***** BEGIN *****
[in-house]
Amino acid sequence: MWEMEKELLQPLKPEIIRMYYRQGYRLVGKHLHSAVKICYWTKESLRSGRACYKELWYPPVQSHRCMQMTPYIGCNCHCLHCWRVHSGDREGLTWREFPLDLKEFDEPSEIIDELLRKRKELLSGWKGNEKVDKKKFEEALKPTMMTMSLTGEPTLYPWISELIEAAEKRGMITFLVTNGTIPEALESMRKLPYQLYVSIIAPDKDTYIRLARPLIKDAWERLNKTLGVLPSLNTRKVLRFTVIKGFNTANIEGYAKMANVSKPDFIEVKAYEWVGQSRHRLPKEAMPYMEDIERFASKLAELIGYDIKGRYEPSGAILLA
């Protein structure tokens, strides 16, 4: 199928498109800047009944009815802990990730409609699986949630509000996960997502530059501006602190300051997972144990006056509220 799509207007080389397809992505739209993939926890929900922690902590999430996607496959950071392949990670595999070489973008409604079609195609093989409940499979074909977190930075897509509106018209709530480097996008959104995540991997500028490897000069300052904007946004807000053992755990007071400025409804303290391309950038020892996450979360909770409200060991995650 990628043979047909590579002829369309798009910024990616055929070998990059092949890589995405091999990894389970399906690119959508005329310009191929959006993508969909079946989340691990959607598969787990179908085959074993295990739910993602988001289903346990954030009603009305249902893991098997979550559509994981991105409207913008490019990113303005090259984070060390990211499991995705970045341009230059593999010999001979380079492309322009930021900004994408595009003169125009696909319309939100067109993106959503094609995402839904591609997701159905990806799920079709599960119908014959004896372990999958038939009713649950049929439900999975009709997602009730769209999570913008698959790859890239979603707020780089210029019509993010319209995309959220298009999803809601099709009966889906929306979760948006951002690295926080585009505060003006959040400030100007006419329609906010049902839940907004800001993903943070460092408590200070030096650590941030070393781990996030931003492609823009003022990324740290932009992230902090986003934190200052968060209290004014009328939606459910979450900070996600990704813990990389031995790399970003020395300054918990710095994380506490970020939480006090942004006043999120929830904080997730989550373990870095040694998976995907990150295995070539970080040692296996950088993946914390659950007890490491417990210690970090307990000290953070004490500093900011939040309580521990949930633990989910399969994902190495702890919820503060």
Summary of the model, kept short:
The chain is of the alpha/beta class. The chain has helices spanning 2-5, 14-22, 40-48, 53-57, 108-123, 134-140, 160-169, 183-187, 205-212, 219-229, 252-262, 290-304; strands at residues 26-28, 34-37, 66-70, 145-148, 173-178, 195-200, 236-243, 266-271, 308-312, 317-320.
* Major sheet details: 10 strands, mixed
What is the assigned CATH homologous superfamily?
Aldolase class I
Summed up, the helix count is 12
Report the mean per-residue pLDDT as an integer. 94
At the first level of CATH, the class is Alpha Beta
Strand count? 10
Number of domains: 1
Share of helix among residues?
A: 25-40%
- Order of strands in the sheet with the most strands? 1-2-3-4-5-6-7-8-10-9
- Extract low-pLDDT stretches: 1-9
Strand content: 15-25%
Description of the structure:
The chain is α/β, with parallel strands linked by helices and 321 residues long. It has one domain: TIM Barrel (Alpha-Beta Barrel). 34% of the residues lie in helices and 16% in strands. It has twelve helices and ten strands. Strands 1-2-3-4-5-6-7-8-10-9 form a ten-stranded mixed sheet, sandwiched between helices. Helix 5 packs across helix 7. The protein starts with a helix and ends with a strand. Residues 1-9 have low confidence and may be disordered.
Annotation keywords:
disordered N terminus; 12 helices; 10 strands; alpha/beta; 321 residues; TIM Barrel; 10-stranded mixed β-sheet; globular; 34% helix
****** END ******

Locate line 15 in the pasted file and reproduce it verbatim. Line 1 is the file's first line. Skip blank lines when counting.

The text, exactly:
A: 25-40%